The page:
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ROBERT E. TAYNTON v. WORKMEN'S COMPENSATION APPEAL BOARD (UNICO MAJIK MARKETS (09/11/86)

COMMONWEALTH COURT OF PENNSYLVANIA


decided: September 11, 1986.

ROBERT E. TAYNTON, JR., NATURAL FATHER AND ADMINISTRATOR OF THE ESTATE OF SHELLY LYNN TAYNTON, DECEASED, PETITIONER
v.
WORKMEN'S COMPENSATION APPEAL BOARD (UNICO MAJIK MARKETS, INC.), RESPONDENTS

Appeal from the Order of the Workmen's Compensation Appeal Board in the case of Shelly Lynn Taynton, Deceased, Robert E. Taynton, Jr., Father v. Unico Majik Markets, Inc., No. A-90057.

COUNSEL

Raymond E. Ginn, Jr., Owlett & Lewis, P.C., for petitioner.

Jonathan E. Butterfield, Liebert, Short, Fitzpatrick & Hirshland, for respondent, Unico Majik Markets, Inc.

President Judge Crumlish, Jr., and Senior Judges Rogers and Kalish, sitting as a panel of three. Opinion by Senior Judge Kalish.

Author: Kalish

[ 100 Pa. Commw. Page 465]

Petitioner, Robert E. Taynton, Jr., petitions for review of an order of the Workmen's Compensation Appeal Board (Board) which accepted a stipulation submitted by petitioner and respondent, Unico Majik Markets, Inc., and indicated that the case was considered closed. We affirm the Board.

Petitioner filed a fatal claim petition based on a stipulation of facts submitted by the parties. The stipulation reveals that petitioner's daughter, Shelly Lynn Taynton, was employed by respondent as a clerk in one of its stores. Ms. Taynton was a twenty-one year old college student, who was working during her summer vacation, and was financially independent. On July 5, 1982, while Ms. Taynton was alone in the store, she was shot and killed by a third party assailant. The stipulation further establishes that at the time of Ms. Taynton's death, she was not directly contributing any earnings to her parents in order to provide them some of the ordinary necessities in keeping with their station in life.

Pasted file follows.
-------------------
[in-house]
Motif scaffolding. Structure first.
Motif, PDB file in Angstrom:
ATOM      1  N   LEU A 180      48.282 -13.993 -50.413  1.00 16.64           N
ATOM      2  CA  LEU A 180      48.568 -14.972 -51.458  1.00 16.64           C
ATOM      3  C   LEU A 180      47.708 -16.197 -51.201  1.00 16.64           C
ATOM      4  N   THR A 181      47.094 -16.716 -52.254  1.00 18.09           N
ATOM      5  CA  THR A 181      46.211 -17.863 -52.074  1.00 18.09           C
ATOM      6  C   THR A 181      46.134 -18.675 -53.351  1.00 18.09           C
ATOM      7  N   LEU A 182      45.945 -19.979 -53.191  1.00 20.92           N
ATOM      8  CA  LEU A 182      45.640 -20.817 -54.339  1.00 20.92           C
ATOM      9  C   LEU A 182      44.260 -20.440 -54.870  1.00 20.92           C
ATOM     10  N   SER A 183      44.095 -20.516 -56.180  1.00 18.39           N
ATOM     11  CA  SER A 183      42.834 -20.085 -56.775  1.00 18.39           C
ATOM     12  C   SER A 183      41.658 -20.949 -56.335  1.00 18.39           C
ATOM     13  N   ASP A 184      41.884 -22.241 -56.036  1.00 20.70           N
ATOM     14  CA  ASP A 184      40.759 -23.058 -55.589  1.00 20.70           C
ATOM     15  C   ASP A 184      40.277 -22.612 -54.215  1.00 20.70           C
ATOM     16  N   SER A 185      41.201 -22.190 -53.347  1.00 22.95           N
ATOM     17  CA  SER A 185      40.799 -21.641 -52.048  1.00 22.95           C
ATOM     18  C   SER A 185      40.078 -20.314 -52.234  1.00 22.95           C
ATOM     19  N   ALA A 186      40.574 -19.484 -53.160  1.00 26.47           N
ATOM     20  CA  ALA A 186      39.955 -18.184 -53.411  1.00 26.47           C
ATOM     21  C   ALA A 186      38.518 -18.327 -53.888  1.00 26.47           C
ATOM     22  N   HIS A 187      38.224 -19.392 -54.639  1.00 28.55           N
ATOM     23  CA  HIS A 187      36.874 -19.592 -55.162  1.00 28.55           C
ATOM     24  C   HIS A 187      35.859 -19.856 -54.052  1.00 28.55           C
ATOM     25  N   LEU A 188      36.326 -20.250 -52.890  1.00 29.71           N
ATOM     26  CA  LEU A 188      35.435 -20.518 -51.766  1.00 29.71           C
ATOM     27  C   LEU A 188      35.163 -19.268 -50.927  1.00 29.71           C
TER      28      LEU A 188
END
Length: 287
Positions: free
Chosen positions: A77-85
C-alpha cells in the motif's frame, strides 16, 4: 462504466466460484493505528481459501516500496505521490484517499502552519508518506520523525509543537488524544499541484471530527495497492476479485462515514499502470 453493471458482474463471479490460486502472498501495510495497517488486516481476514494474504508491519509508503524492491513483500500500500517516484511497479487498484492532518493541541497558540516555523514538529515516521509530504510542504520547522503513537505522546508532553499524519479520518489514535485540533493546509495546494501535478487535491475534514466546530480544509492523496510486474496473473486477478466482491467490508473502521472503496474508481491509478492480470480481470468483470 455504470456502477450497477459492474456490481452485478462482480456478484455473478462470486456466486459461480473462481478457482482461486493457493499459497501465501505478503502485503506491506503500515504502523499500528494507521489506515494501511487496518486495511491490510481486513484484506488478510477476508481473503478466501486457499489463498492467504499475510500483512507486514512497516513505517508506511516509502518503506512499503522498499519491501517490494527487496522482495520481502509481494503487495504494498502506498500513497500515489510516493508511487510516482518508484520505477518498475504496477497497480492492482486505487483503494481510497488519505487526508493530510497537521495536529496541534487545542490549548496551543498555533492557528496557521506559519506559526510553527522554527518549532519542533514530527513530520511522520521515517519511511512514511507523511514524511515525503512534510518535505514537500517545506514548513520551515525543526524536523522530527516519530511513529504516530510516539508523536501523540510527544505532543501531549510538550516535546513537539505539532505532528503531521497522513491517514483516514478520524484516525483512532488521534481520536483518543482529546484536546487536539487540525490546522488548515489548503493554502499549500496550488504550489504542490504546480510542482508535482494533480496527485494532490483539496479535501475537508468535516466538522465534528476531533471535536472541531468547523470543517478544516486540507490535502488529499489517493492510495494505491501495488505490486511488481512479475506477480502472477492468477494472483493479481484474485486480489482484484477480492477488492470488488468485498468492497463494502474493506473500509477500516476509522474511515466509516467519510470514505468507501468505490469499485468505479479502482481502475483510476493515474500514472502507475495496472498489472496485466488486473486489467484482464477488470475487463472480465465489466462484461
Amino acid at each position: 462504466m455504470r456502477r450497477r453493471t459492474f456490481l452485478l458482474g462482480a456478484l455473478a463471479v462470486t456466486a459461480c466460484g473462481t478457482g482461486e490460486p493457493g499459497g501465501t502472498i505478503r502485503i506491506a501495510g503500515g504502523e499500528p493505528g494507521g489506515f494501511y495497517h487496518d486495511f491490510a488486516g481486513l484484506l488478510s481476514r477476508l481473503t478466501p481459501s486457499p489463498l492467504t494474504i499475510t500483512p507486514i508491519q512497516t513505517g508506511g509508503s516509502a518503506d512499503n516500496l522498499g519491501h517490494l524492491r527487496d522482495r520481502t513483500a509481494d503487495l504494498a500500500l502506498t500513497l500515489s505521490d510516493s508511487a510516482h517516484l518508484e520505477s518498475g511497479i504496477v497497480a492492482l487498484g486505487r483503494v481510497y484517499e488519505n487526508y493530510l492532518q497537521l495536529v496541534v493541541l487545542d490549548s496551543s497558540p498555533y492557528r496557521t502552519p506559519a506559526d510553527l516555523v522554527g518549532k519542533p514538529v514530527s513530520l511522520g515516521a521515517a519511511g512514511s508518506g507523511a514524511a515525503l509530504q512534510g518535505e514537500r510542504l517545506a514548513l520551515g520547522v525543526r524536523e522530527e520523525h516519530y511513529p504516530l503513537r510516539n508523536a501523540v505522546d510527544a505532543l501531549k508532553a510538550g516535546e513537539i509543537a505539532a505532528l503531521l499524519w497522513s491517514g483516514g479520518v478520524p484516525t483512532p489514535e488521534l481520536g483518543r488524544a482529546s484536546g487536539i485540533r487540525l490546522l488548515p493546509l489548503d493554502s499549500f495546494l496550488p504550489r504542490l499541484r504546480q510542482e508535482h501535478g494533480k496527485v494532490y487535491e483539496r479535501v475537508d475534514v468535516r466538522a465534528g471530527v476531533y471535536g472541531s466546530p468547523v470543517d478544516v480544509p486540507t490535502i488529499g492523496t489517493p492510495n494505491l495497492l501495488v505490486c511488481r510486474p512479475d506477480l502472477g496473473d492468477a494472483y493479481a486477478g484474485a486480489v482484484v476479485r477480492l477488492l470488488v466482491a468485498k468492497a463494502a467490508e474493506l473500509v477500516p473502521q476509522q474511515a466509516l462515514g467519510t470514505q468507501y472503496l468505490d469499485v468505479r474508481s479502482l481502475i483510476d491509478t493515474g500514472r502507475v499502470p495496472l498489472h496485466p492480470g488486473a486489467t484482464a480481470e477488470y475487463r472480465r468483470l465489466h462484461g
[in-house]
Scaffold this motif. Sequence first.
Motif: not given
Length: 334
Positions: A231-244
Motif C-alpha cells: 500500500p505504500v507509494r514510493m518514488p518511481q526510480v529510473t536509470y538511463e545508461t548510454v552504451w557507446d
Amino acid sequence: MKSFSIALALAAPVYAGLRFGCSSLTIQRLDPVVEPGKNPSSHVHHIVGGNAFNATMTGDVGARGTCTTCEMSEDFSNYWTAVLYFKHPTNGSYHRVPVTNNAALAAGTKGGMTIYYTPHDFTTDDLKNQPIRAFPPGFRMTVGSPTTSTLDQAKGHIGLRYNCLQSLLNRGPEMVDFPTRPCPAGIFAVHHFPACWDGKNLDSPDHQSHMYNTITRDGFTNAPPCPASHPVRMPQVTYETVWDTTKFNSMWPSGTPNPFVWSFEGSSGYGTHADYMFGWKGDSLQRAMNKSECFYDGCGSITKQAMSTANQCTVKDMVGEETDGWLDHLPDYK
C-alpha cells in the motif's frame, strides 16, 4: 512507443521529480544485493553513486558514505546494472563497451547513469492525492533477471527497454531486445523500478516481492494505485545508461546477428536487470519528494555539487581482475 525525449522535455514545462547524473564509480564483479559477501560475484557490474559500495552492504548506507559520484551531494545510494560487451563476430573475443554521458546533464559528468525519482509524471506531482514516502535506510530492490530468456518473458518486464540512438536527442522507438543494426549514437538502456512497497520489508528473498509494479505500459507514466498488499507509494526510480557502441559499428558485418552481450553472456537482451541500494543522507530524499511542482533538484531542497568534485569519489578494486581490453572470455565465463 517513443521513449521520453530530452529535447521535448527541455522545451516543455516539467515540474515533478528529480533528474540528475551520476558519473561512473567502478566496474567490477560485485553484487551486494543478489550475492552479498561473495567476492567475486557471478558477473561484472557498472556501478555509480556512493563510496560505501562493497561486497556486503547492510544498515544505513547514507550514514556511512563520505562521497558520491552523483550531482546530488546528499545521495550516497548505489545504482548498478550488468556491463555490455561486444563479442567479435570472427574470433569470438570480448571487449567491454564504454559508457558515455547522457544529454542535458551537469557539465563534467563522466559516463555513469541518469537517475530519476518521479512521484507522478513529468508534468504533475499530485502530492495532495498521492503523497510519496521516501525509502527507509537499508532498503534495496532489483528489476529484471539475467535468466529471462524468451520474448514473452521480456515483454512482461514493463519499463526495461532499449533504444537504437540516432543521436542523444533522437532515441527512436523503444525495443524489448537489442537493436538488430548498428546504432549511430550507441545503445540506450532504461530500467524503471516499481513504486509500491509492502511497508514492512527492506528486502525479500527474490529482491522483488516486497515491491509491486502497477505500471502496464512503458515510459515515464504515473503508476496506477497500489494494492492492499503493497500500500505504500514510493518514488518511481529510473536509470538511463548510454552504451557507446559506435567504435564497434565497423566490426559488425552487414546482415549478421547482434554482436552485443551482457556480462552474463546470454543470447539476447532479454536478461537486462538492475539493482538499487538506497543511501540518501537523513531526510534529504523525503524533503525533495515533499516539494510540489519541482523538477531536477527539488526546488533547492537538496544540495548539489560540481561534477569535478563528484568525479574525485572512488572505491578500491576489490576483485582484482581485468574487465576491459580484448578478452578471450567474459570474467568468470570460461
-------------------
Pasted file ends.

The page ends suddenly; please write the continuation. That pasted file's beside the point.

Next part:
Based on the stipulation, and without conducting a hearing, the referee concluded that petitioner failed to prove that he was dependent on his daughter at the time of her death for any of the ordinary necessities of life. Thus, the referee dismissed petitioner's fatal claim petition. Petitioner appealed, and the Board issued an order indicating that it accepted the stipulation which resolved all issues on appeal, and that it considered the case closed and returned to the Bureau.

Petitioner argues that the referee committed an error of law in holding that in order to find dependency a claimant must prove that he was dependent on the decedent for any of the ordinary necessities of life. Petitioner also challenges the constitutionality of the statutory requirement of dependency.

[ 100 Pa. Commw. Page 466]

Section 307 of The Pennsylvania Workmen's Compensation Act (Act), Act of June 2, 1915, P.L. 736, as amended, 77 P.S. § 561, provides:

In case of death, compensation shall be computed on the following basis, and distributed to the following persons . . .

5. If there be neither widow, widower, nor children entitled to compensation, then the father or mother, if dependent to any extent upon the employe at the time of the injury. . . .

In Broadwood Chuckwagon v. Workmen's Compensation Appeal Board (Stovall), 74 Pa. Commonwealth Ct. 426, 459 A.2d 1355 (1983), this Court defined dependency, for purposes of workmen's compensation benefits to a deceased worker's parents, as actual dependency. Specifically, this Court stated that the child's earnings must have been "necessary to provide the parent with some of the ordinary necessities in keeping with his station in life." Id. at 429, 459 A.2d at 1357.